In order for a contract to be binding, the party to whom the offer is made must accept it. Acceptances can be written, oral, or even indicated by specific actions. If the offer is accepted, the acceptance is considered to be a complete consent to all of the terms proposed. Only the party to whom the offer is made can accept unless an agent has been designated to act on his or her behalf.
The following principles determine a valid acceptance:
Agreement to all contract terms. A valid acceptance requires you to agree to all the terms in the contract as written, without any changes or conditions. If changes are suggested, the initial offer is considered to be rejected and a counteroffer proposed. At this point, there is no binding contract and both parties are considered to be in contract negotiations.
Accepted by you. Only the recipient of the offer can accept it, unless you have designated an agent to act on your behalf.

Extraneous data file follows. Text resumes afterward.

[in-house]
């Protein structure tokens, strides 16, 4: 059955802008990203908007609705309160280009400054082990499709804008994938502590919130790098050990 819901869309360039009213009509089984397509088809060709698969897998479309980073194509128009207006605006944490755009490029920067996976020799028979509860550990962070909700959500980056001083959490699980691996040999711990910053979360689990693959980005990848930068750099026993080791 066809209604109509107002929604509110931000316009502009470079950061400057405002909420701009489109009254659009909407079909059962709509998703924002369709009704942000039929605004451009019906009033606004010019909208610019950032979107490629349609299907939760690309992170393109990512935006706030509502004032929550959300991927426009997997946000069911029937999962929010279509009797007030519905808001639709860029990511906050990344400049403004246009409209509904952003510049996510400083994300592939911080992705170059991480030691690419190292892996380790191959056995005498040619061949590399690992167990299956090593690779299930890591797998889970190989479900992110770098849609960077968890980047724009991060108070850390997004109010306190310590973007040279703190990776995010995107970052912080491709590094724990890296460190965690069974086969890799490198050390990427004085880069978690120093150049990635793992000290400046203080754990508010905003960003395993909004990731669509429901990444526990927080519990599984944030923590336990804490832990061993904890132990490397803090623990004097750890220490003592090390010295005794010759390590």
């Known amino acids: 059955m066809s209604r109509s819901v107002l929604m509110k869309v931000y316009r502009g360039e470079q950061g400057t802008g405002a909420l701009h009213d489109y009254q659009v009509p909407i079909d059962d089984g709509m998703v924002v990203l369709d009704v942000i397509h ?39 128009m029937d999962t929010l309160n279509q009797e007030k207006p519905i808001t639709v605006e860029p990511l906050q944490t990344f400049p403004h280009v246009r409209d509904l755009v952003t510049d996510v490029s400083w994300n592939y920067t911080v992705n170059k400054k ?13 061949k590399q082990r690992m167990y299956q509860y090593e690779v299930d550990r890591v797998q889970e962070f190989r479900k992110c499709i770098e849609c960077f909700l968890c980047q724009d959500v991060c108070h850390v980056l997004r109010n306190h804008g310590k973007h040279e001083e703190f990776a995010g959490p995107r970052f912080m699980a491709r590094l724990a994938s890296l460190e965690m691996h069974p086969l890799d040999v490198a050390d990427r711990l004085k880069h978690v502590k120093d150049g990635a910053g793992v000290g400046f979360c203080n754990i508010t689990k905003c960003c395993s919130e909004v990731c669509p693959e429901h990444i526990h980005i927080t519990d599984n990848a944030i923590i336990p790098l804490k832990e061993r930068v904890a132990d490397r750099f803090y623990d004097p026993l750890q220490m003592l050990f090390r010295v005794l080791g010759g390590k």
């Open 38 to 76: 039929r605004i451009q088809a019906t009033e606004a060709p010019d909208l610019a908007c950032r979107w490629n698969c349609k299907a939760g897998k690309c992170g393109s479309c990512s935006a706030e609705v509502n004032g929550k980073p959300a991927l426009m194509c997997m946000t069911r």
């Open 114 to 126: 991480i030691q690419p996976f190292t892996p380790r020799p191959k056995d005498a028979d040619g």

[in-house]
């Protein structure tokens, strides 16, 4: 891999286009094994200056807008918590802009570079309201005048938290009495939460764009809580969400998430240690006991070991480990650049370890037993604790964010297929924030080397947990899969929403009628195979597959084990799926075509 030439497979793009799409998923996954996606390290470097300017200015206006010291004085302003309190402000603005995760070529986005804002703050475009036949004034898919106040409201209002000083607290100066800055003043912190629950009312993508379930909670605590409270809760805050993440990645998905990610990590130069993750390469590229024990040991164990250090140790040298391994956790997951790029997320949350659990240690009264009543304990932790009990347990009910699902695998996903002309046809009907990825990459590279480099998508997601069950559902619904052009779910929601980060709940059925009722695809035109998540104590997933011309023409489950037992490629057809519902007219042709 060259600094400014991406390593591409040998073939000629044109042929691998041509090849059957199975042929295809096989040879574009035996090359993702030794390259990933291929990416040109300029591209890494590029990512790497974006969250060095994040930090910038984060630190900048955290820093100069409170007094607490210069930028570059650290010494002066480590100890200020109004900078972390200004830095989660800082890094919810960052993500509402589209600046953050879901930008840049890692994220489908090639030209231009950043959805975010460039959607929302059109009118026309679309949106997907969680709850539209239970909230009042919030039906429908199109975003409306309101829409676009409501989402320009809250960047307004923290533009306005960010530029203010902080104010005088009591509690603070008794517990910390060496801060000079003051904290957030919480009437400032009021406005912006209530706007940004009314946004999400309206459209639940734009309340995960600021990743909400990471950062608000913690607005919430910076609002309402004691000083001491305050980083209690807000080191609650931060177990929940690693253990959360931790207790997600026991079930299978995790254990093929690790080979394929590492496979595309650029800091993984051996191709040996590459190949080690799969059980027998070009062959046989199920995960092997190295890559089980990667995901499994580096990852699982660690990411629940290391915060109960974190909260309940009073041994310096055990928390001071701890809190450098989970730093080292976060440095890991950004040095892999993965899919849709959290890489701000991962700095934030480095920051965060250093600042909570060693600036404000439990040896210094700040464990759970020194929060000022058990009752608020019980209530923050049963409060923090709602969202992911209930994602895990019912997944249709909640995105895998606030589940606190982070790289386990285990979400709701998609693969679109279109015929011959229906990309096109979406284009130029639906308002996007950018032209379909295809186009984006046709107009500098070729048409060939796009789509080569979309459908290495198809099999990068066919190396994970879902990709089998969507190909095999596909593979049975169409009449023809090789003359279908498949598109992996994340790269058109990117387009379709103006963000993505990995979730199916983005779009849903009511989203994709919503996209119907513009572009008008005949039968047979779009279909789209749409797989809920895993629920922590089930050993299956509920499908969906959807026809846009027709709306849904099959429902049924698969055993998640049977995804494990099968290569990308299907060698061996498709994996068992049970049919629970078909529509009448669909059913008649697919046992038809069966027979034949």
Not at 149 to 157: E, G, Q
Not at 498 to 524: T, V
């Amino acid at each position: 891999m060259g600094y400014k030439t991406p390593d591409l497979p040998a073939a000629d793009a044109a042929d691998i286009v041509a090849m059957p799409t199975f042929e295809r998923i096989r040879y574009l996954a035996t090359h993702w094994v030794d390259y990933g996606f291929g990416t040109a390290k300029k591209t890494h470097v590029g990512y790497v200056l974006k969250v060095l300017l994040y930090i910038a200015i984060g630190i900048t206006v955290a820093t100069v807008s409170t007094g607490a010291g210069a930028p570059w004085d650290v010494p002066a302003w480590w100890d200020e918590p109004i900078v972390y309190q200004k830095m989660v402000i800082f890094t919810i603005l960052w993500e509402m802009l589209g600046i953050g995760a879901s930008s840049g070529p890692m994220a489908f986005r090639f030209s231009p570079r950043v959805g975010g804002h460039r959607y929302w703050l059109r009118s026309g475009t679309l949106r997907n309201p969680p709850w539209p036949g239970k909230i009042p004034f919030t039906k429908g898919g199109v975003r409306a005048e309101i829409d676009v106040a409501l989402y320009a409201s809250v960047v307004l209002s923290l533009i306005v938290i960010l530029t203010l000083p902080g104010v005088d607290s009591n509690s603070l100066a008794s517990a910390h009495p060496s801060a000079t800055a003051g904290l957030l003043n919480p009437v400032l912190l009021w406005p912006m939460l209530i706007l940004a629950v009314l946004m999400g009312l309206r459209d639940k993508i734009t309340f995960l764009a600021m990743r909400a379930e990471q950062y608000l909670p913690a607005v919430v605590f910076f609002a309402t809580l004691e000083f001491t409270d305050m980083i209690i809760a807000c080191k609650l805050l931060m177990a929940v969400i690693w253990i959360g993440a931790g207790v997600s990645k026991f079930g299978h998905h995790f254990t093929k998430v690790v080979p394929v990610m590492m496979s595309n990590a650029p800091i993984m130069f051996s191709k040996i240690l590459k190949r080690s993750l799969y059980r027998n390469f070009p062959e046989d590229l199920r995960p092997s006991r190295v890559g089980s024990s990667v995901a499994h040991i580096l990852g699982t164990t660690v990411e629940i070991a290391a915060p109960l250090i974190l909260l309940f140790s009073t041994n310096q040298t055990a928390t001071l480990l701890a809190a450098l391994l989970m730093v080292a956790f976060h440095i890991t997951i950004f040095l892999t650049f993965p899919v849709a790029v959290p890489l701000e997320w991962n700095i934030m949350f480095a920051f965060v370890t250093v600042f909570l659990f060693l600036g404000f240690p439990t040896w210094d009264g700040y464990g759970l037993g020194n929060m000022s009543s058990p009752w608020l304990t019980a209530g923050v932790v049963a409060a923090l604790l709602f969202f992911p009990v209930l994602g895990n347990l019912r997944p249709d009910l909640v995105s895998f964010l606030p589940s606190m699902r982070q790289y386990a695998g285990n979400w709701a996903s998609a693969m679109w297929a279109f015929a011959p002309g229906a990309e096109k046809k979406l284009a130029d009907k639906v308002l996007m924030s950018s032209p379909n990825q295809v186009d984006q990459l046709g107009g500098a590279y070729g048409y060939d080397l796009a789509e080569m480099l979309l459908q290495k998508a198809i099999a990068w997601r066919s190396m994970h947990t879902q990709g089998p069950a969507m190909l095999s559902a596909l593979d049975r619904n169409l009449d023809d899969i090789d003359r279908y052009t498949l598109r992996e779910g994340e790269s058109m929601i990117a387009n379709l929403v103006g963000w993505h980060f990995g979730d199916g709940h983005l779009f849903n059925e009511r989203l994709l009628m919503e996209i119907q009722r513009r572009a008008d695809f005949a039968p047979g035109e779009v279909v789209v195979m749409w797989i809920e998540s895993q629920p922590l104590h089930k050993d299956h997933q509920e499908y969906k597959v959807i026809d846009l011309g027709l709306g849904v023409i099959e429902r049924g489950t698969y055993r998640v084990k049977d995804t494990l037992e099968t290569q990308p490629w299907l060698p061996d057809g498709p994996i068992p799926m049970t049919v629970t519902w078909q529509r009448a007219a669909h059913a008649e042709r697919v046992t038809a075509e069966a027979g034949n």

Knowingly accepted. To an acceptance to be valid, you must knowingly and consciously accept it.
Explicit or implicit. You may accept an offer explicitly — in writing or orally — or implicitly, through specific actions.
Silence is not acceptance. If you are silent on an offer, the other party may not construe your silence as acceptance.
Communication. You must communicate your acceptance to the party offering the contract, and they must receive it.
Manner of acceptance. If the party making the offer requires acceptance in an agreed-upon manner, you must accept it in that manner or they can reject that acceptance.
Reasonable manner of acceptance. If there is no agreed-upon manner of acceptance, you must communicate your acceptance in a reasonable manner (for example, by mail).
Timeframe. If a time limit is set, you must accept the offer within that timeframe. If there is no time limit set, you must accept within a reasonable amount of time.
If you receive notice that the offer has been revoked prior to your acceptance, you will no longer be able to accept it. However, if you accept before receiving the revocation notice, your acceptance is valid.
When business disputes arise, you need experienced legal representation and advice. Williams Mestaz, L.L.P., is a law firm focusing on contract law, bet-the-company cases, and business divorce. Contact us at (602) 256-9400 and schedule a time to meet with us today.